I try not to think a lot about it because really I have no good answer, but w/e - I'm here and I exist and instead of trying to find out how I got here I concentrate on where I'm going.

 


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Hamby, as a borderline

Hamby, as a borderline rationalist/theist what does one do with data that points away from materialism?  I have difficulty believing (and I realize this does not make it true one way or the other) that the miraculous claims I have been privy to are all either false testimony or a projection of the mind.  On the one hand, the people reporting many of these are some of the most genuine people I know.  On the other hand, the miracles they have mentioned are not something that could simply be a projection of the mind.  They are tangible events not just apparitions or ghosts. 

Thoughts?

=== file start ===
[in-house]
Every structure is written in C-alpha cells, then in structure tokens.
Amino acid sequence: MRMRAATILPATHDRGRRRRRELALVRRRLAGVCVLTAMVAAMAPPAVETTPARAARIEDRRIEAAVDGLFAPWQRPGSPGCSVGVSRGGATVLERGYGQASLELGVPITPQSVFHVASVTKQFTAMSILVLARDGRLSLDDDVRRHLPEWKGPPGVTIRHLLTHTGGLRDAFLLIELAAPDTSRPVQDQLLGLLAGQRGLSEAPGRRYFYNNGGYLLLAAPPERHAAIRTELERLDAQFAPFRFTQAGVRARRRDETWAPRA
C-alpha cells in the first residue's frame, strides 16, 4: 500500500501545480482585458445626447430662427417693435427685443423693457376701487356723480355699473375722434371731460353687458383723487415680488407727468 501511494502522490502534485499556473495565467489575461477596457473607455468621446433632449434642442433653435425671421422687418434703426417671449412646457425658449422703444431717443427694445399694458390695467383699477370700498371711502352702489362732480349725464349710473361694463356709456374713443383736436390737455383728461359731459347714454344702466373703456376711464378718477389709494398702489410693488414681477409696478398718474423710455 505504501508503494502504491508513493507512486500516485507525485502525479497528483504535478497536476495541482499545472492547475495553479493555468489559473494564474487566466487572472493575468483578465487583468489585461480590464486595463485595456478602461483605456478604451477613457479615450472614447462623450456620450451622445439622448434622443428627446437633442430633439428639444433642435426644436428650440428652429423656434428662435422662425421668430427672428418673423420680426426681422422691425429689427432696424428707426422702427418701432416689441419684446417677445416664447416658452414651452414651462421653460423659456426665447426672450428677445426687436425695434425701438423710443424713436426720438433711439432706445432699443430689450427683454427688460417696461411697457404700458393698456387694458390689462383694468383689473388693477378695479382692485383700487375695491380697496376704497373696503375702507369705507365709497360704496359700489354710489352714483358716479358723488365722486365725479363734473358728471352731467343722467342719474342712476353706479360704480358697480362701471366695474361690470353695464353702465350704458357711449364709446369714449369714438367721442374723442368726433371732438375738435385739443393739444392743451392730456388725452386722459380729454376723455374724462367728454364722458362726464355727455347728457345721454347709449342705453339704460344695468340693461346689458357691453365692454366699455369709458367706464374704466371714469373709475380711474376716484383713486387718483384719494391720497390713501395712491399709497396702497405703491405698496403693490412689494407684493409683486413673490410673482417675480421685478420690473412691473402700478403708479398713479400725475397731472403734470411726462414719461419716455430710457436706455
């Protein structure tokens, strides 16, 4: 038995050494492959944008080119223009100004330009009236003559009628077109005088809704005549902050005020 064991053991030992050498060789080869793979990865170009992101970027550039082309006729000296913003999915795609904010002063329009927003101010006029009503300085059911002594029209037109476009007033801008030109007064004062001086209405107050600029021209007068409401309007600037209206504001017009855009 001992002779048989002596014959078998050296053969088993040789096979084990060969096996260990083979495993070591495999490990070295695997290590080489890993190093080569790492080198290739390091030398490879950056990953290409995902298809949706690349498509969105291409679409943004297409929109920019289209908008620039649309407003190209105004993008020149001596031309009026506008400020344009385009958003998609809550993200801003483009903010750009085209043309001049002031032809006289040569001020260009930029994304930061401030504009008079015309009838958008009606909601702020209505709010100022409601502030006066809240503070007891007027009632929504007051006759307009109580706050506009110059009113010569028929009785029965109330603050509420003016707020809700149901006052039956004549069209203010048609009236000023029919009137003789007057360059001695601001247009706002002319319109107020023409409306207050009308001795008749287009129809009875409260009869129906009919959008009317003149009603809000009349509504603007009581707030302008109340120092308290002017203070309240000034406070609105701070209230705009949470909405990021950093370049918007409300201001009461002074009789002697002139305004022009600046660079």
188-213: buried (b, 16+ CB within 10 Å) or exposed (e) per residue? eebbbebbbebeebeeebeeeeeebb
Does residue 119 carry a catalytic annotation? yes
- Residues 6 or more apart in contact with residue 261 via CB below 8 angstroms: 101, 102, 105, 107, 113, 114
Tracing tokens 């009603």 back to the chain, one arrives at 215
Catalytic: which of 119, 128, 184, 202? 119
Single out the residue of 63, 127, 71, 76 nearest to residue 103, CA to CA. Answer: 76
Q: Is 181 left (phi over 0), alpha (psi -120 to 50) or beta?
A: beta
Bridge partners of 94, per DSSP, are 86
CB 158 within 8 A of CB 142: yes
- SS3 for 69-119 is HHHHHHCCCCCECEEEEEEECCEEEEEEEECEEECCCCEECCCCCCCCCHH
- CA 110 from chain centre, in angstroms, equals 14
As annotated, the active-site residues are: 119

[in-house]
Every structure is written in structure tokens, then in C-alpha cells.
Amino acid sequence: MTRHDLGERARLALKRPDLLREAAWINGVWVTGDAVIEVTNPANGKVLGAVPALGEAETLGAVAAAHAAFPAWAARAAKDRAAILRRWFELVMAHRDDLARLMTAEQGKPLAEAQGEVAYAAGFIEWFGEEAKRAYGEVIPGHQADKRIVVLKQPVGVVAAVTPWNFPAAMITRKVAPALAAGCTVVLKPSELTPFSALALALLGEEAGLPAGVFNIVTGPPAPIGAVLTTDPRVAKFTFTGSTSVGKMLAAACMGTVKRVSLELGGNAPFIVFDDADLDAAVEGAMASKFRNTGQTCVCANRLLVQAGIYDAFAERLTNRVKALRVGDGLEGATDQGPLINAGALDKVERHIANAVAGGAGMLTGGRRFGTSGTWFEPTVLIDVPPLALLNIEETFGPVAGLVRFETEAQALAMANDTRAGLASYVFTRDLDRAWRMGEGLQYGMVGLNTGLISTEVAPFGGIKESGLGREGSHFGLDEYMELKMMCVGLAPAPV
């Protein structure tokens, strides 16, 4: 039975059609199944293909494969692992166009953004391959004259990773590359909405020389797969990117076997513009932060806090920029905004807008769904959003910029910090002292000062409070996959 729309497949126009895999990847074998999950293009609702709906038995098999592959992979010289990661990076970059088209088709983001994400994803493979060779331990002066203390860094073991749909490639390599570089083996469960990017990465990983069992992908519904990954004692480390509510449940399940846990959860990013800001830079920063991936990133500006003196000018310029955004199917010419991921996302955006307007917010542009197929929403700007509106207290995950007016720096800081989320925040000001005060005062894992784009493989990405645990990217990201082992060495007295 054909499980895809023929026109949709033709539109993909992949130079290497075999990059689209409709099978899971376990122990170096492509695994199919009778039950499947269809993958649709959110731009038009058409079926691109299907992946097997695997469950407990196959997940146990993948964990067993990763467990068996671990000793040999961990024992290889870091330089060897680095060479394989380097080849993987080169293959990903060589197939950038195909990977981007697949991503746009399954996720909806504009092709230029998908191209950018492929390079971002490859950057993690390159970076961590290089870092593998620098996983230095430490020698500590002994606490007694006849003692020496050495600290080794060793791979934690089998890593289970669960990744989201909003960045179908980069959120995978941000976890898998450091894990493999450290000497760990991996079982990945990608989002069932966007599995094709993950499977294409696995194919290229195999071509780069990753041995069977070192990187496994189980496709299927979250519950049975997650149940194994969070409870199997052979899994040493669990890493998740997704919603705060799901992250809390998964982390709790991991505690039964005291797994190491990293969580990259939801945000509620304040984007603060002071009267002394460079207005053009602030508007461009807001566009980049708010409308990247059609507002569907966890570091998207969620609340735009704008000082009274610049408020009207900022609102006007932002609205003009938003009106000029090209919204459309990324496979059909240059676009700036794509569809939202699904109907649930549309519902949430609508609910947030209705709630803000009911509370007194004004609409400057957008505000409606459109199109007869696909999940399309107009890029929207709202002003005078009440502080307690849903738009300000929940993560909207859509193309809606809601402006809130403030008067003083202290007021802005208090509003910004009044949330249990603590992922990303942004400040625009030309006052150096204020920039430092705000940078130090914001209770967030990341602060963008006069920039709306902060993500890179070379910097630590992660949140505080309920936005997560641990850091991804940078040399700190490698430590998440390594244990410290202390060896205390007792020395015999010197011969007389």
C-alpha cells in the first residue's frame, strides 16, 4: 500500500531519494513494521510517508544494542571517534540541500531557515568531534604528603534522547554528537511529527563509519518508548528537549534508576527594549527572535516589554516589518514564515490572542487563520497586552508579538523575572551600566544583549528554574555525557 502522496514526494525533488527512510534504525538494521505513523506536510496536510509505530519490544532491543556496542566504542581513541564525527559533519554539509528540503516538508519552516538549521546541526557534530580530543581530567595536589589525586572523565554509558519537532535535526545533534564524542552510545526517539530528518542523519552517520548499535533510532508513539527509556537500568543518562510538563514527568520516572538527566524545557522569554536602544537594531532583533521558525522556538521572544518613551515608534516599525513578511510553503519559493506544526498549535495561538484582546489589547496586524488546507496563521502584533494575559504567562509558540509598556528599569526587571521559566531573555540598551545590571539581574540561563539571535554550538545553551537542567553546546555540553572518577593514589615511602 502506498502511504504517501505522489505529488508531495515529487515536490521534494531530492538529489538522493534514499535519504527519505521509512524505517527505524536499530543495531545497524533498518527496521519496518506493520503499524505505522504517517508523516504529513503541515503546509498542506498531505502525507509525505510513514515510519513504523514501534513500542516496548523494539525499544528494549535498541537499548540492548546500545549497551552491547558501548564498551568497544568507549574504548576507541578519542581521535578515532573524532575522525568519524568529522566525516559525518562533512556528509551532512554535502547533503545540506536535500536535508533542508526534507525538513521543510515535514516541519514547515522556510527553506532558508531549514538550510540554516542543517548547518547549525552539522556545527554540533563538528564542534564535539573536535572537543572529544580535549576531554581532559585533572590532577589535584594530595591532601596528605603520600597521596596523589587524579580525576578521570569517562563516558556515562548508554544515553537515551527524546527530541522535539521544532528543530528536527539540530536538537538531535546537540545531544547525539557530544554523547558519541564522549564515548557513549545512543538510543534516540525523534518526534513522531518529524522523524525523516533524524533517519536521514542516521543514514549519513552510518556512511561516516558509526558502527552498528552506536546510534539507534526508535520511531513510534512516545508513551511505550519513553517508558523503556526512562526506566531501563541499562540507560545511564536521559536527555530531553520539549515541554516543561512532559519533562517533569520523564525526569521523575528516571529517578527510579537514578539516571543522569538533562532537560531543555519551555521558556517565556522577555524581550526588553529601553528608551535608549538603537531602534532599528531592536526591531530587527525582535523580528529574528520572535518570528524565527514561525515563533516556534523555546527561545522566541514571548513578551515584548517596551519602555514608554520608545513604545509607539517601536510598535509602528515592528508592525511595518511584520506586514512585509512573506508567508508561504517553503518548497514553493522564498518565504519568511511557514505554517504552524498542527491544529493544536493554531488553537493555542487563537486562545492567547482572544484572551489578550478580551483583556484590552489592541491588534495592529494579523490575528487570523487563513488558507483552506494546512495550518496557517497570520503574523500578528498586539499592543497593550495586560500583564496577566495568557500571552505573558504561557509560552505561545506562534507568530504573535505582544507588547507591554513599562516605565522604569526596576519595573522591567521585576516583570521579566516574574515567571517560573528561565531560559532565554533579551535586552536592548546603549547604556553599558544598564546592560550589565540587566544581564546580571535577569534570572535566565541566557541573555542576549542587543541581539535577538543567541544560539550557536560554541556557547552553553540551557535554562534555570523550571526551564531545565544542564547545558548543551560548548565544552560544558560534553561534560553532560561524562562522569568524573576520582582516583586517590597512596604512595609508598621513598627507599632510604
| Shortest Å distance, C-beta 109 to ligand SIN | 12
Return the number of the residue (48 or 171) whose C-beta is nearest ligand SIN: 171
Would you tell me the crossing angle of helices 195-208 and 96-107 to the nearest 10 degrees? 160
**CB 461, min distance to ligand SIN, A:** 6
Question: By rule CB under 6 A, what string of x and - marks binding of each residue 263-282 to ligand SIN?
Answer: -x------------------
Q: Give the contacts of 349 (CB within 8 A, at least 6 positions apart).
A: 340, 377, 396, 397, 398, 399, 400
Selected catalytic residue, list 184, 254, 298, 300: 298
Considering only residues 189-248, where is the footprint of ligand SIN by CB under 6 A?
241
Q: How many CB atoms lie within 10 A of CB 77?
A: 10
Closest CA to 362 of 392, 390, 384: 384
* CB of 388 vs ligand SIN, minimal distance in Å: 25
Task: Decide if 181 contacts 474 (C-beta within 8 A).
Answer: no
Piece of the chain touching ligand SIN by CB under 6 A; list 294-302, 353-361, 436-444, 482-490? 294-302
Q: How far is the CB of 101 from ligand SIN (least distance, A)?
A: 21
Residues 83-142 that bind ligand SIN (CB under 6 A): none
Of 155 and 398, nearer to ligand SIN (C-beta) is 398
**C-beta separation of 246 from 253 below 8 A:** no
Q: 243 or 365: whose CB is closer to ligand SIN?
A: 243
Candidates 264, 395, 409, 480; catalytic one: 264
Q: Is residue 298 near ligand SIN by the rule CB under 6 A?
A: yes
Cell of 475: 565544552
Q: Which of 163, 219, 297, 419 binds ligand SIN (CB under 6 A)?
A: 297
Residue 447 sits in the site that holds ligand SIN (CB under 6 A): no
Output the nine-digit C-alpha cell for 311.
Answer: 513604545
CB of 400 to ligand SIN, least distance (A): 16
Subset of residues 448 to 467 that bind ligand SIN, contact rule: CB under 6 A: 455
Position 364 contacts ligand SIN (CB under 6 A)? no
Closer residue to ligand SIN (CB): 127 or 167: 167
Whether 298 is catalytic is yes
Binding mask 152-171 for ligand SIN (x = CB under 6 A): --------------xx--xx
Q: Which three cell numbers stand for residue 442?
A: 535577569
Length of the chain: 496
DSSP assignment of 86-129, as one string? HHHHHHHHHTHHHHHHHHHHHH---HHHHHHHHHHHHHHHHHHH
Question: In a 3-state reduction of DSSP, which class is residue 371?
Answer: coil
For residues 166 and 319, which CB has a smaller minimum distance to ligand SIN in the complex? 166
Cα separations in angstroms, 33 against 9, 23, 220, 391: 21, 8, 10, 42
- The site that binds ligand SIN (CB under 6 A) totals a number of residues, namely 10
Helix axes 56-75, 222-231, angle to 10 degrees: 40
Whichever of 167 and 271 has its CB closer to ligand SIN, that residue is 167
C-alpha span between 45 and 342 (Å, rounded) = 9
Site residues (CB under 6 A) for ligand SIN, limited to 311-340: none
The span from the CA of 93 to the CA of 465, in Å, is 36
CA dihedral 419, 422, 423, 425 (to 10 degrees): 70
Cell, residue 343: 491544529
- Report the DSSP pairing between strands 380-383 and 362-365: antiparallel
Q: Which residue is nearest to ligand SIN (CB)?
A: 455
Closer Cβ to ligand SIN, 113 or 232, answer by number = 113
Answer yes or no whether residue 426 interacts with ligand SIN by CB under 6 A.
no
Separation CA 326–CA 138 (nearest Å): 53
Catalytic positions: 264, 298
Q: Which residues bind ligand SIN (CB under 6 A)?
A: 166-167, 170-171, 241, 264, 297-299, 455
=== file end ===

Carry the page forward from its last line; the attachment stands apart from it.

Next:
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   ummm, Luther's, "Pluck

   ummm, Luther's, "Pluck out the eye of reason", takes on a new meaning for me , like buddha saying its all a miracle , so what !     .... as some would call their superstition reasoning.

 (( BTW, ST. Martin Luther was NUTS and an extreme Jew hater.... a devil freak , an honored religious Saint !  The Lutheran church ..... geezzzz  

What miracles ?????  Is one thing a miracle , and another not ? All is ONE ....


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Joe_Canon wrote:I have

Joe_Canon wrote:
I have difficulty believing (and I realize this does not make it true one way or the other) that the miraculous claims I have been privy to are all either false testimony or a projection of the mind.  On the one hand, the people reporting many of these are some of the most genuine people I know.

As you say, it doesn't make it true one way or the other. If you want to know that it's true, then there's a greater amount of work to be done than trusting that because someone is genuine, that they aren't making it up or under some complicated delusion. It's not really "data" until you start entering the realm of data collection and statistical consideration. What you have until then is anecdotal evidence. Anecdotal evidence is still evidence, it's just not sufficient to a degree that would pass muster in the realm of really knowing (science).